NEW YORK (The Deal) -- Five years after a failed attempt to sell its appliance unit, both General Electric (GE) and a suitor each confirmed Thursday that the company is trying again to shed the massive operation.
Sweden's Electrolux on Thursday said that it is in discussions with Fairfield, Conn.-based GE about the conglomerate's appliance business, adding that no agreement has been reached. A GE spokesperson, meanwhile, said that the company "is reviewing strategic options for GE Appliances and is in talks with Electrolux and other parties," but provided no further details.
Analysts have estimated the Louisville, Ky.-based GE Appliance business could be worth upwards of $2.5 billion in an auction.
While no other bidders for the business have publicly come forward, reports have also said a partnership between New York-based consumer product firm Quirky and private equity giant Blackstone Group (BX) is also working on a bid, and analysts say other private equity firms could join the fray.
Quirky earlier this year announced an agreement with GE to work on an app that would control smart devices, including appliances.
GE in 2008 hired Goldman Sachs (GS) to shop its appliance business. Despite reportedly attracting some interest from suitors including LG Electronics, China's Haier Group, Arcelik of Turkey and Controladora Mabe of Mexico, GE was unable to complete a deal amid the period's economic turmoil.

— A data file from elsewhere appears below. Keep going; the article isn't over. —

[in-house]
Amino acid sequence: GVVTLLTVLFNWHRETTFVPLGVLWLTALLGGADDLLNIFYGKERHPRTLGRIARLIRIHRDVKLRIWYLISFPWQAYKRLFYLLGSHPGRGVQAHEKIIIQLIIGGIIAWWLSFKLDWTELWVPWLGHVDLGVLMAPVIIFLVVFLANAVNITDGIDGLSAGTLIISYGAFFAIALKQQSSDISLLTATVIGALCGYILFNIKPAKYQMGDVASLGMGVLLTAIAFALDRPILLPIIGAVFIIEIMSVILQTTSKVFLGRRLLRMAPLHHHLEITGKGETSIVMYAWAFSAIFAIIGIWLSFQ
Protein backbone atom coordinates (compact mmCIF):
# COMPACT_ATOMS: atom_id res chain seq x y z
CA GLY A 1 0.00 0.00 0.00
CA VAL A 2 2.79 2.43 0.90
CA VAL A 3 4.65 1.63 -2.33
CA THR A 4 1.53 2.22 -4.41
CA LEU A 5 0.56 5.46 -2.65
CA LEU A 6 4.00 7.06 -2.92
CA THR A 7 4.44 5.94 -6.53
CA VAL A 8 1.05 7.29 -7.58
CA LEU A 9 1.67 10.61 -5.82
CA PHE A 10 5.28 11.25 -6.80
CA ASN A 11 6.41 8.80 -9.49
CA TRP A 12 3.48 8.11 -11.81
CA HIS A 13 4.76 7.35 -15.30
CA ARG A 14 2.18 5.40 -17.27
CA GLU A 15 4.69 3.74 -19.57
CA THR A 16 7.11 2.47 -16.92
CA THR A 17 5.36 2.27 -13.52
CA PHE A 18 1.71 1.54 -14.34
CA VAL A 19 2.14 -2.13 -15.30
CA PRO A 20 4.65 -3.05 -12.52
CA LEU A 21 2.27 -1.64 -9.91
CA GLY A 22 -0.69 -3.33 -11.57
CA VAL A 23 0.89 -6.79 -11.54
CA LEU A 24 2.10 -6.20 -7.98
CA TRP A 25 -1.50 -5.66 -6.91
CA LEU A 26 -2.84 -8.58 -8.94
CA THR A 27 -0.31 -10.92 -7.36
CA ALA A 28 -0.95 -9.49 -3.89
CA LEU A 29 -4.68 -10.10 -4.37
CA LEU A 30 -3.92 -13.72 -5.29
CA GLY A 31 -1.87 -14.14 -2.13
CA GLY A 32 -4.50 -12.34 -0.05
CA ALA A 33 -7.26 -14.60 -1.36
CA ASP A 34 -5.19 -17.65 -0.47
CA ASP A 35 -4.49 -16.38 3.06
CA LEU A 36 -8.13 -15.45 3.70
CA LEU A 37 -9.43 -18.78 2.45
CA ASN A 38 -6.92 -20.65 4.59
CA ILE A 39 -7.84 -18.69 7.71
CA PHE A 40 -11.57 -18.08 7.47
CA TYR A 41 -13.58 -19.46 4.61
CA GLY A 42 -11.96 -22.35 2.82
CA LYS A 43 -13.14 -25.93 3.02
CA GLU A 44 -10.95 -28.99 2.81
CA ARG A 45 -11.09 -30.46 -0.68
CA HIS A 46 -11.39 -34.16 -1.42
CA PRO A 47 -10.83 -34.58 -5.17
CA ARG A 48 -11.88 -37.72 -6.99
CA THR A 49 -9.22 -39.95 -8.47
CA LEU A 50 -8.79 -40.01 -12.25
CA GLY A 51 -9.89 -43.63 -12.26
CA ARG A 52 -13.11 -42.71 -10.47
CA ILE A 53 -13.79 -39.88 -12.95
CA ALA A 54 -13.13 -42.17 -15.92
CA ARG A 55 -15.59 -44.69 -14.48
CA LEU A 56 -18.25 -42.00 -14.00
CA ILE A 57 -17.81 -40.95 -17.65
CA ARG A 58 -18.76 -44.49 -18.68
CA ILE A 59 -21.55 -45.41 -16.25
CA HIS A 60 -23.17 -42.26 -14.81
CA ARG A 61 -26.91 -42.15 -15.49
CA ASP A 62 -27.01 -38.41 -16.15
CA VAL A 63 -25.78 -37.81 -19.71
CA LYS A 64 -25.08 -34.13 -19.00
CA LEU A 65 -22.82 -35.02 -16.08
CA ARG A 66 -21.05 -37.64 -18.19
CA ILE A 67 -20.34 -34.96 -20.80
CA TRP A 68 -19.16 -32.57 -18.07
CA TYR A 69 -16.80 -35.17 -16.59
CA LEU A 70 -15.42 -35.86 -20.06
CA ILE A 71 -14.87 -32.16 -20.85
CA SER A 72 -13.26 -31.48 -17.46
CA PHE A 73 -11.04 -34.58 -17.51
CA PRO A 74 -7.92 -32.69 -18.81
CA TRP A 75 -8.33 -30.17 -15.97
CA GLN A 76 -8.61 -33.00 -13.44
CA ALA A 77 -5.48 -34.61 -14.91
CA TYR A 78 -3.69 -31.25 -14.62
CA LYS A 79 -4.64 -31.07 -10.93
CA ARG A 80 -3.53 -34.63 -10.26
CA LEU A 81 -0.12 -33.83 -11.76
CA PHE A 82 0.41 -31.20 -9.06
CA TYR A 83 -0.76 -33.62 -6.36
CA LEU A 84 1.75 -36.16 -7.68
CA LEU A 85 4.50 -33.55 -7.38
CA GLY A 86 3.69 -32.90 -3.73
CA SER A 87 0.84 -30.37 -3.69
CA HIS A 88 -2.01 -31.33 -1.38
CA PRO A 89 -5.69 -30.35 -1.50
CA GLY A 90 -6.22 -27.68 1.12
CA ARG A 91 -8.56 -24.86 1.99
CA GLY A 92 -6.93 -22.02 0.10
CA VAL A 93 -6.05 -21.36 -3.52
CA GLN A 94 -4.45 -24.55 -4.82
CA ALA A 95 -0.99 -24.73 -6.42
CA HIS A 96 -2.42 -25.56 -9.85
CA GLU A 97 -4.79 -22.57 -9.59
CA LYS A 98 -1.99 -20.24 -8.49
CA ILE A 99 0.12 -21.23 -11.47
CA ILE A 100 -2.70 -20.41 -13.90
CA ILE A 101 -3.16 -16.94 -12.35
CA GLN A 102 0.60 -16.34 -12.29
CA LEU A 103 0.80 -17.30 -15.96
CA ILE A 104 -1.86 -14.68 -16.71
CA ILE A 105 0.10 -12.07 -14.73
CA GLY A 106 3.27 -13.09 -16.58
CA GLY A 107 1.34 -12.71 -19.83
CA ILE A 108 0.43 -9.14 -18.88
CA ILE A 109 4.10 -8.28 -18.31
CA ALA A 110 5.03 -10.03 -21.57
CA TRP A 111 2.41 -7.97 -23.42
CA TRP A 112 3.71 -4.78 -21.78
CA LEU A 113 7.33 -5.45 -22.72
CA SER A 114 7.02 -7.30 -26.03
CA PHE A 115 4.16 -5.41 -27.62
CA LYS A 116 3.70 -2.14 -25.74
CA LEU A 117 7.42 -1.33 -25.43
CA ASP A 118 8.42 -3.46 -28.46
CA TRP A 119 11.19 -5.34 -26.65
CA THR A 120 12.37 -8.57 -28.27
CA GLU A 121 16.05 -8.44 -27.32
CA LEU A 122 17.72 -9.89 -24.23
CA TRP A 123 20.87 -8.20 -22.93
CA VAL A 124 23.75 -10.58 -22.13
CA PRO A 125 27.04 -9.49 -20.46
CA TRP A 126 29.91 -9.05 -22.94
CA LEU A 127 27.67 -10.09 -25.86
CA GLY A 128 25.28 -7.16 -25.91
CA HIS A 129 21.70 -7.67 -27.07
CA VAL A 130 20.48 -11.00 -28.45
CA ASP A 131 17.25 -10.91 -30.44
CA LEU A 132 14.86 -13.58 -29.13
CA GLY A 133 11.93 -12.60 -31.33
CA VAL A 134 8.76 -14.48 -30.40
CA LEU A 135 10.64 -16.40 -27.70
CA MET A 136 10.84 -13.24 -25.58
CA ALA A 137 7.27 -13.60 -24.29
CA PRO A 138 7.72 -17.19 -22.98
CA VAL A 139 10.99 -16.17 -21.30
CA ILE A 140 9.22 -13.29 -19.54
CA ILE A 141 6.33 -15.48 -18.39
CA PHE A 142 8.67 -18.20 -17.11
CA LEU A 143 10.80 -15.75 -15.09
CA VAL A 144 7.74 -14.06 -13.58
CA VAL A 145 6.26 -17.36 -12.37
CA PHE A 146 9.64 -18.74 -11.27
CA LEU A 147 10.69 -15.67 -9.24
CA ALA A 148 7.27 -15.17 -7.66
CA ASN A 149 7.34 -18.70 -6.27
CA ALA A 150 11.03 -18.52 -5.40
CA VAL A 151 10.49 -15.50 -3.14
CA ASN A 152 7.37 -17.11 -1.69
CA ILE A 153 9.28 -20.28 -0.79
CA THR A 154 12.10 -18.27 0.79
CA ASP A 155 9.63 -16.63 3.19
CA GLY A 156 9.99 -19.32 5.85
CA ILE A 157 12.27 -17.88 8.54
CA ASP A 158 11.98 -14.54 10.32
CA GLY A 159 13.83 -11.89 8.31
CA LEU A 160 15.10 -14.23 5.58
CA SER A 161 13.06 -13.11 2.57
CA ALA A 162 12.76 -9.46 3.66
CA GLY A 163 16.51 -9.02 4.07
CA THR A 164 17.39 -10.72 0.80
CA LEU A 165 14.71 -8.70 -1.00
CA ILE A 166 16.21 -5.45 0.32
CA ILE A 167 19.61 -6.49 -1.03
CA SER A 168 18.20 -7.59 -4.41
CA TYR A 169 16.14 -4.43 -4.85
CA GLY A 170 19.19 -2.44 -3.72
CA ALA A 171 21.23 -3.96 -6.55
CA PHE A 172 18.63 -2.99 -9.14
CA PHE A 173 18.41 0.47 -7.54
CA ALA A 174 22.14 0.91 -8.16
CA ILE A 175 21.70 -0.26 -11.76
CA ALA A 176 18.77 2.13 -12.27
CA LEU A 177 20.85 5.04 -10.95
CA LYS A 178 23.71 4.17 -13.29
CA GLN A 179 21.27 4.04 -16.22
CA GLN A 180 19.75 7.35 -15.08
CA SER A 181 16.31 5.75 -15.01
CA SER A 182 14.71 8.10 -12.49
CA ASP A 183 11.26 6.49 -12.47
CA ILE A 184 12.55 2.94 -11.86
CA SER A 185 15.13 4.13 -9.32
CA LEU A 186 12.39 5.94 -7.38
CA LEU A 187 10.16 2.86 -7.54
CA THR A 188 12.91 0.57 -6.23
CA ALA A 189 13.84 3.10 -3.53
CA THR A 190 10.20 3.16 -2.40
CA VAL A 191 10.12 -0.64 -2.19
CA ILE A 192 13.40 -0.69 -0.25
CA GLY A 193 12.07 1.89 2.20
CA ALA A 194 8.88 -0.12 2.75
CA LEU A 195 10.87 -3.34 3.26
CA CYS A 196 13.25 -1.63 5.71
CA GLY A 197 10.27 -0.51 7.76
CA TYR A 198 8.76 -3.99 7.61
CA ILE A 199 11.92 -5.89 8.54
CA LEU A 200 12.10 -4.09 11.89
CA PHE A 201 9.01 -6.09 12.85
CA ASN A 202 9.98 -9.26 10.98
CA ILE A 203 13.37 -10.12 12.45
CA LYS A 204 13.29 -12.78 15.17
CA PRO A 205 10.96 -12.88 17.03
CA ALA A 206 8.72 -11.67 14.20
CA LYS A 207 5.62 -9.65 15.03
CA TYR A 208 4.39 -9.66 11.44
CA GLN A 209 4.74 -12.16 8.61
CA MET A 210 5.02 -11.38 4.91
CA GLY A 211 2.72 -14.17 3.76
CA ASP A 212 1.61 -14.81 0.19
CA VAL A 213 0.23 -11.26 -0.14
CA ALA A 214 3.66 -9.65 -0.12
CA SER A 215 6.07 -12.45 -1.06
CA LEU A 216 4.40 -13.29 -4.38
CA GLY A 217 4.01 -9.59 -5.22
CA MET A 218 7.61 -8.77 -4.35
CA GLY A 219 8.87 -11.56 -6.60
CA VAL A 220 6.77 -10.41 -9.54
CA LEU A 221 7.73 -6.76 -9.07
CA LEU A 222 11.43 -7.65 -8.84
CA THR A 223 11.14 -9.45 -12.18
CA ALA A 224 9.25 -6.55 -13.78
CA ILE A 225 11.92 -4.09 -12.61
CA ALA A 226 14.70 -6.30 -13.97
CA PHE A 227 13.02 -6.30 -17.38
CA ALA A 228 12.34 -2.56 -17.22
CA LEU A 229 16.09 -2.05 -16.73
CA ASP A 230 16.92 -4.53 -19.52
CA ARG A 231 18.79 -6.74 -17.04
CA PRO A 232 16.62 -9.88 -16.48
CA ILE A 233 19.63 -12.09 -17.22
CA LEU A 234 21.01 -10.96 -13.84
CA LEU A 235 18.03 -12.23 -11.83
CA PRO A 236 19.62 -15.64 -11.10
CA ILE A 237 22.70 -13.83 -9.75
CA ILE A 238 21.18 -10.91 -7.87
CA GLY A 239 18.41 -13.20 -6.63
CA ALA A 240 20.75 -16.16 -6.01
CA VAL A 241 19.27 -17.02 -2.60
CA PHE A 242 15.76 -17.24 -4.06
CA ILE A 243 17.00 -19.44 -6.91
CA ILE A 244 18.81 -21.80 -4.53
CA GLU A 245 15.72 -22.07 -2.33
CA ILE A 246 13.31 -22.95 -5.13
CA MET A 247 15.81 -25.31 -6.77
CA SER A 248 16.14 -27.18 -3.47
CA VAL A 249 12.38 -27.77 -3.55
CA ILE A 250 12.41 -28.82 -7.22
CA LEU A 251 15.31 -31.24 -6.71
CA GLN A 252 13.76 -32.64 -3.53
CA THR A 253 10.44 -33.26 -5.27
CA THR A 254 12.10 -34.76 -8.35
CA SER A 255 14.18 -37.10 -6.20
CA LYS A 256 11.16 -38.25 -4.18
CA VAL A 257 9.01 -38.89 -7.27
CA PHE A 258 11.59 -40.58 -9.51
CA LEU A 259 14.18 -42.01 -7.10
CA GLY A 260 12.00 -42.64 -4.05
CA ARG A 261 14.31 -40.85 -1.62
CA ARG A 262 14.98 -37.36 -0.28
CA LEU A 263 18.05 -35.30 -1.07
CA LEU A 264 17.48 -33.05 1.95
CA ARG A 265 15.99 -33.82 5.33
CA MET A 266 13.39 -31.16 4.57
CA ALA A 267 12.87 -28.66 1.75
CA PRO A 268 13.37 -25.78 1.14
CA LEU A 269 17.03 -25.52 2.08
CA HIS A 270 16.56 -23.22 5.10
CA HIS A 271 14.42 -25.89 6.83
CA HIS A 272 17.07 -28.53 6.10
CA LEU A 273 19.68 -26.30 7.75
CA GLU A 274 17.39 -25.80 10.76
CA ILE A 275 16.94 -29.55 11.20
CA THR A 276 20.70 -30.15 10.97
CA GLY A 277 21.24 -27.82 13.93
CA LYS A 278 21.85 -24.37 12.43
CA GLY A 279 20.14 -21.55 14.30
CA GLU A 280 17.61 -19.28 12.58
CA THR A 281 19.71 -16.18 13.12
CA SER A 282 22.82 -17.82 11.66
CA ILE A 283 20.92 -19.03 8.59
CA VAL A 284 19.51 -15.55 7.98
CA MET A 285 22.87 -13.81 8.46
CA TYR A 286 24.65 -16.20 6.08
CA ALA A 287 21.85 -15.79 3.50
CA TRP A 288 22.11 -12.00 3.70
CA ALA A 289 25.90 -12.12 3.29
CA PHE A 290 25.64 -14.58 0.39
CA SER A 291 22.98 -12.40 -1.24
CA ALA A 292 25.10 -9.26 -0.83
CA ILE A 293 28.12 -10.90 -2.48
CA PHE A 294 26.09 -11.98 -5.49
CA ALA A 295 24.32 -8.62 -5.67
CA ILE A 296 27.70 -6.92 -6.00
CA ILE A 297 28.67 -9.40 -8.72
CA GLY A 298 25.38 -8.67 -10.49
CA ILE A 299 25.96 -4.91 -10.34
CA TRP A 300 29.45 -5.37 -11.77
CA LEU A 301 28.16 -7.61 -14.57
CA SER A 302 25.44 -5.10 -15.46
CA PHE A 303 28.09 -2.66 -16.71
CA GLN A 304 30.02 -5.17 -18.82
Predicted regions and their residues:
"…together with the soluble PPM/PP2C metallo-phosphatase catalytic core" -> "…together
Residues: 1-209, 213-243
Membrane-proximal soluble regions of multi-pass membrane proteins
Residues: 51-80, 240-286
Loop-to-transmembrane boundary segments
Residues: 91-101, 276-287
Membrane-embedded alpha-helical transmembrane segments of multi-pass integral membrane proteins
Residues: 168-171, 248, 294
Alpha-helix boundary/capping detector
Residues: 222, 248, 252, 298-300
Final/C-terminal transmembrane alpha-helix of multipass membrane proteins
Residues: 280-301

The company in recent years has turned its attention towards higher-margin businesses, including in energy and healthcare, and was long expected to eventually try again to sell the appliance unit. A sale now would help GE recoup part of the €11.4 billion ($15.5 billion) price it agreed in June to pay for the power unit of France's Alstom.
The GE appliance business generates about $8 billion in annual sales, or about 5.6% of total company revenue, but has experienced slow growth and low profit margins. The unit was responsible for less than 2% of General Electric's overall profit last year, and ranks as an increasingly insignificant portion of the conglomerate's nearly $150 billion in annual sales.
GE earlier said it could sell up to $4 billion worth of non-financial businesses this year in addition to financial services divestitures. In July, the company spun off the North American consumer lending operations of its GE Capital operation to shareholders.
A deal with Electrolux could be complicated by potential antitrust concerns. A combination of Electrolux and GE Appliance would bring together the second- and third-largest U.S. vendors, respectively, and would rival market leader Whirlpool (WHR).